Tag Archive | humor

The Do’s and Don’ts of Crying in Public

Sometimes I cry, and sometimes I’m in public when the urge strikes.  I’ve learned a lot from crying out in the big wide world, and because I’m a giver, I made a primer.

crying-at-work-001_0

These are my tips for the fine art of losing your shit in front of strangers.  Pass them along.

1. Do walk a few blocks away from your office. The only thing worse than avoiding strangers who might try to console you on the sidewalk is running into your co-workers who will be full of questions. It will be awkward if you have to lie and say, “Gram’s in hospice” or “I’m pregnant” because you don’t want them to know that the boss who just offered them the corner office by the good copier just offered you a free subscription to Monster.com.

2. Do bring your phone. You don’t have to call anyone. You don’t even need a charged battery. You really just need a phone case. When the urge to keen strikes, hold the phone case up to your ear and wail like it’s the day the music died. Strangers who see you weeping into a cell phone (case) will give you wide berth on the sidewalk. This prop is especially useful for people who like to scream when they cry. It’s much better to scream into your phone (case), “But what’s it all for? I gave them the best years of my life!” than to risk having shop owners trying to eject you from the premises.

3. Do get your brows waxed. This is good for when you’re on the verge of a big cry, but can’t get it out. Head over to a local nail salon. As a non-English-speaking Vietnamese woman named Tammi plucks your brows, the pain will trigger a flood of tears. Tammi will feel terrible, but explain, “It’s not your fault. It’s just that I gave them the best years of my life, and also? You’re tweezing the skin off my forehead.” Later if you have to explain why you are sobbing on the corner of LaSalle and Lake Street, you can point to your eyebrows. “Just got plucked. Hurts like a mother fucker.”

4. Do lean. The best public crying posture is to face a brick building, raise your arms above your head as if you are being frisked by an officer of the law, and let your salty tears drench the dirty city sidewalk. This stance allows you to avoid eye contact and also stretch your deltoids.

5. Do bring Kleenex. Humanity is generally a caring lot. People are going to offer you crumb-dusted tissues pulled from the bottom of their NPR tote bags. Unless you want to blow your nose into a tissue of unknown provenance, you should have your own. If you see someone reaching into her in her bag, or God forbid, into his trouser pocket to hand you a hanky, then wave your travel-size package of tissues and assure them, “I’m good. Thanks.”

6. Don’t compete with panhandlers. If you are public crying in a large urban city, be respectful of the people who are working and living on the streets. Don’t encroach on a homeless person’s turf or the turf of those who are advocating for the poor. This gets tricky during the holidays, a prime season for taking emotions to the streets, because you can’t ever cry in front of Target because SALVATION ARMY.

7. Don’t cry in an Ann Taylor Loft dressing room. You don’t want a twenty-something shop girl stopping by every three seconds to check on you, asking if you want to open an Ann Taylor Loft credit card in order to save extra 10% today. A better retail option for losing your shit is H&M because the music is so loud no one would hear you even if you were bludgeoned to death with a spiked bat.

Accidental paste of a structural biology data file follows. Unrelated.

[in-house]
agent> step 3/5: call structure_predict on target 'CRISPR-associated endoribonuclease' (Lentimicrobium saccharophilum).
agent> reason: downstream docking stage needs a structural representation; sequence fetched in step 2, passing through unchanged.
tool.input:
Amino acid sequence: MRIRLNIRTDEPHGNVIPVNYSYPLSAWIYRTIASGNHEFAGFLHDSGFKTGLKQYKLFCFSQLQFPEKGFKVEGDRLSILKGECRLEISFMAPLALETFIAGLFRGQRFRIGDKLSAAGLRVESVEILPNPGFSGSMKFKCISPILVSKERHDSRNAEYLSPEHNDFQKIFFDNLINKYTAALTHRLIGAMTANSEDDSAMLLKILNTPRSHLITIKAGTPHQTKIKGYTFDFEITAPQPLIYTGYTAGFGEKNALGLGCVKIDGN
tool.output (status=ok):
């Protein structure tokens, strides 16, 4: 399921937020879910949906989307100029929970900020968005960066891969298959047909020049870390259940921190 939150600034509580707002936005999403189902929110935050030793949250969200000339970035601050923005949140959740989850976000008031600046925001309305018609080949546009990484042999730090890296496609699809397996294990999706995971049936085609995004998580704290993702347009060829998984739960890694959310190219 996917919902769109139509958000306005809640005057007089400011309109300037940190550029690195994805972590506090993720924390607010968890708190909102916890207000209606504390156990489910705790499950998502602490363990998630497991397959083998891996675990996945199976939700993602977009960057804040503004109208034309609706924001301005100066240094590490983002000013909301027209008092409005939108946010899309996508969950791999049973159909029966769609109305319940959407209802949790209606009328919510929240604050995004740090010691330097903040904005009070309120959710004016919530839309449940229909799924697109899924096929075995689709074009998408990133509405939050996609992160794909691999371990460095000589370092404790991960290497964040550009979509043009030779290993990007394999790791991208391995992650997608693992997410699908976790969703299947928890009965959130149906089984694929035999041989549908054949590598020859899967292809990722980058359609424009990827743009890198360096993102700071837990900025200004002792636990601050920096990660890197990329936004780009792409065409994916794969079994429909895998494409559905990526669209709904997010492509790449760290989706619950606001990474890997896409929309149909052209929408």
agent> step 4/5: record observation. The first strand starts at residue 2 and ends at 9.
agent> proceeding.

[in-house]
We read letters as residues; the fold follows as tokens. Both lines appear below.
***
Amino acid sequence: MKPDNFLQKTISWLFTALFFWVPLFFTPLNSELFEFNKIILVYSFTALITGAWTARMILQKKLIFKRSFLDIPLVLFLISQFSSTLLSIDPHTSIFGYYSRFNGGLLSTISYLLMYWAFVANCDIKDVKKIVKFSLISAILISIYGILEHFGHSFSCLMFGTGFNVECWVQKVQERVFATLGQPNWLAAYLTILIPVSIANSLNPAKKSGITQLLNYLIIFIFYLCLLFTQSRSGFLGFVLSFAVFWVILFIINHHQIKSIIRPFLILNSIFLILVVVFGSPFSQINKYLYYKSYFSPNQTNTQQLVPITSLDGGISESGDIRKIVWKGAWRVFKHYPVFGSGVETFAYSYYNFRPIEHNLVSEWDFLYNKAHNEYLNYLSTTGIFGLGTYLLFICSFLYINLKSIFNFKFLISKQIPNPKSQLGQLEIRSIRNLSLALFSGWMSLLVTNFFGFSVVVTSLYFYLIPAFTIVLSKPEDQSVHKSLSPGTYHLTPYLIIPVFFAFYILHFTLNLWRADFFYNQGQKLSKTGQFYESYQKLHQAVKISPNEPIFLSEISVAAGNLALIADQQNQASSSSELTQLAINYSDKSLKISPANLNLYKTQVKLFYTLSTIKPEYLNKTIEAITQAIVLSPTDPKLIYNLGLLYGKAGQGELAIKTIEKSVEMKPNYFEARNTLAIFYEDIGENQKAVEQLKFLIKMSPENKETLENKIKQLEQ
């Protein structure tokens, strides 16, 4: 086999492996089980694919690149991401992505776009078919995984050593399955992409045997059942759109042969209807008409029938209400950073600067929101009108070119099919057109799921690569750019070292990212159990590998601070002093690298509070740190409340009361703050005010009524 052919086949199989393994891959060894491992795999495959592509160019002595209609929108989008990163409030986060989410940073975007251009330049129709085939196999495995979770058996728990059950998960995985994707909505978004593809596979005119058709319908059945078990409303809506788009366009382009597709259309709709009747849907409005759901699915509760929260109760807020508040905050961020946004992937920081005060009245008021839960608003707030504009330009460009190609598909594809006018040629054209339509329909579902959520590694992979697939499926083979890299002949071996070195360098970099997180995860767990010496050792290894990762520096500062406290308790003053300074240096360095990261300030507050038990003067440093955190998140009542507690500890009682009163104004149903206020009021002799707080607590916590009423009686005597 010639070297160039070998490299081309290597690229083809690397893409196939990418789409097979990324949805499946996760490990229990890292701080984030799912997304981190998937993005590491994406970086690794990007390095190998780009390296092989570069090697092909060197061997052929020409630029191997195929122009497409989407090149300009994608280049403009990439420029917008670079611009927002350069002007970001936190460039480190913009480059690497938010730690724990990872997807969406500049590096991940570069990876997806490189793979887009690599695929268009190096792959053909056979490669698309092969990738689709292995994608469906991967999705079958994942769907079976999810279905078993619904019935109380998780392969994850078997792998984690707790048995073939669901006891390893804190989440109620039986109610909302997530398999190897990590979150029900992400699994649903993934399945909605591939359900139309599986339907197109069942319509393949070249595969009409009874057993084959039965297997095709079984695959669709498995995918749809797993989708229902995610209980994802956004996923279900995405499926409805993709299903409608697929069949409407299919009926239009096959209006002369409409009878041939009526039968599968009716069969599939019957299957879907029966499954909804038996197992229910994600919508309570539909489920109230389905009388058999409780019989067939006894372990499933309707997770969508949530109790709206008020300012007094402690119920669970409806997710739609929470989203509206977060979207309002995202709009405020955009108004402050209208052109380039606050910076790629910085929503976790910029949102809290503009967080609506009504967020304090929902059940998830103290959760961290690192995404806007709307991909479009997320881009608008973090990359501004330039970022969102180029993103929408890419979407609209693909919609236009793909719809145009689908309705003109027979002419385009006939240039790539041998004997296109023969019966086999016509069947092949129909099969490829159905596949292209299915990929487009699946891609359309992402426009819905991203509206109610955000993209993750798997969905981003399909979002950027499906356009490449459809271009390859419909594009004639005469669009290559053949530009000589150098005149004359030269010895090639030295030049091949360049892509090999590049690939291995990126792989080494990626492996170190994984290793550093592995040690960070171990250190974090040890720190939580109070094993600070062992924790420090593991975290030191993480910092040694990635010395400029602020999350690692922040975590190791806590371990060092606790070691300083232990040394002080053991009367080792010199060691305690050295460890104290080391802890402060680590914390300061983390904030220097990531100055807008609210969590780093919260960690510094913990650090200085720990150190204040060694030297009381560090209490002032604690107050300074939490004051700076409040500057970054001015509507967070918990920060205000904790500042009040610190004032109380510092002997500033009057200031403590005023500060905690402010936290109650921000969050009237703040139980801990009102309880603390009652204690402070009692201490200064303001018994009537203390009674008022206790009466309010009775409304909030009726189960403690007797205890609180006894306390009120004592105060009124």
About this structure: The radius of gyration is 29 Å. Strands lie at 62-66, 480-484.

8. Don’t duck into the foyer of a capital assessment management office building. The security guards tend to be skittish about full-grown women convulsing in spasms of grief. They tend to want to keep the business of mentally falling into shambles far away from the business of making billions of dollars for capital asset managers.

9. Don’t wander over by your therapist’s building, hoping you’ll catch him coming or going. If you “happen” to bump into him, he may charge you for his time, or, if he’s the nervous sort, he may file charges against you. Better to wander anonymously. Perhaps stroll by the local movie house so if you spot someone (say, Tom from accounting who was recently promoted to VP, Business Development), you can tell him you just saw a double feature, Terms of Endearment and Steele Magnolias.

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Go to Rehab With Your Matching Doll: The Services American Girl Doll Should (But Doesn’t) Offer

There’s a famous doll store near my house. *cough* American Girl Doll Store *cough* Tourists come in droves with their wide-eyed little daughters to this mecca on the Magnificent Mile. I’ve witnessed countless weary (wealthy) parents struggling under the weight of the signature red bags, while trying to hail cabs so they can collapse back at their hotels. The store is supposed to be a place where a little girl can have “real” experiences”—modeled, one supposes, on the “real experiences” she’ll have when she’s older. Tea parties. Hair salons. Ear piercings. You know, big stuff that a girl should practice and be exposed to before adulthood.

 

american-girl-store

 

What about all the services the American Girl Doll Store is ignoring? The brand should recognize the untapped potential of the experiences they’re ignoring. And it’s too bad. There’s major bank to be made if they would think outside of the jewelry box.

 

How about these:

 

  • Go to rehab with your doll! Right? Think of how many young girls will grow up to struggle with substance abuse. It’s not a joke. Have you read Jennifer Weiner’s newest book All Fall Down? The mom’s a pill popper of the highest order. Let’s prepare our daughters. Let’s get the American Girl people to offer rehab (think group therapy sessions ($150), AA meetings ($100), anger management classes ($130)) for our daughters and their dolls. They can always get their ears pierced afterwards.